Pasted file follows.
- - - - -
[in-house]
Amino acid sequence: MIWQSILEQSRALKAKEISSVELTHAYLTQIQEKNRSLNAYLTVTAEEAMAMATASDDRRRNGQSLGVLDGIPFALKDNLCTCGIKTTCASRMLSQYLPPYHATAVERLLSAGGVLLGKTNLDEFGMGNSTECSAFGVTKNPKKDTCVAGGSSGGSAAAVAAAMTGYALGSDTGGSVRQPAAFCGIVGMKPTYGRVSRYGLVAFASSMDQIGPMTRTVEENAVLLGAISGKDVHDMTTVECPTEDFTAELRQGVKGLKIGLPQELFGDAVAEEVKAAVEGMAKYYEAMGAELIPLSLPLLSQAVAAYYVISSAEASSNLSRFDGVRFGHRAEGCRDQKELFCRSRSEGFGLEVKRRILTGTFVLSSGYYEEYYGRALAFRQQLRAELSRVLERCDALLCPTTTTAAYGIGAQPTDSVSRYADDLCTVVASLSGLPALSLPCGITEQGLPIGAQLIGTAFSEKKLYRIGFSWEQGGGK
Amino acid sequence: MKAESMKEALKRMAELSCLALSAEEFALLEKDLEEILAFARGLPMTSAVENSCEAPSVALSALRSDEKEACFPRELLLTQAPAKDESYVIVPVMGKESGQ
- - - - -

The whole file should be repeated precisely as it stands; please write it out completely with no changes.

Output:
[in-house]
Amino acid sequence: MIWQSILEQSRALKAKEISSVELTHAYLTQIQEKNRSLNAYLTVTAEEAMAMATASDDRRRNGQSLGVLDGIPFALKDNLCTCGIKTTCASRMLSQYLPPYHATAVERLLSAGGVLLGKTNLDEFGMGNSTECSAFGVTKNPKKDTCVAGGSSGGSAAAVAAAMTGYALGSDTGGSVRQPAAFCGIVGMKPTYGRVSRYGLVAFASSMDQIGPMTRTVEENAVLLGAISGKDVHDMTTVECPTEDFTAELRQGVKGLKIGLPQELFGDAVAEEVKAAVEGMAKYYEAMGAELIPLSLPLLSQAVAAYYVISSAEASSNLSRFDGVRFGHRAEGCRDQKELFCRSRSEGFGLEVKRRILTGTFVLSSGYYEEYYGRALAFRQQLRAELSRVLERCDALLCPTTTTAAYGIGAQPTDSVSRYADDLCTVVASLSGLPALSLPCGITEQGLPIGAQLIGTAFSEKKLYRIGFSWEQGGGK
Amino acid sequence: MKAESMKEALKRMAELSCLALSAEEFALLEKDLEEILAFARGLPMTSAVENSCEAPSVALSALRSDEKEACFPRELLLTQAPAKDESYVIVPVMGKESGQ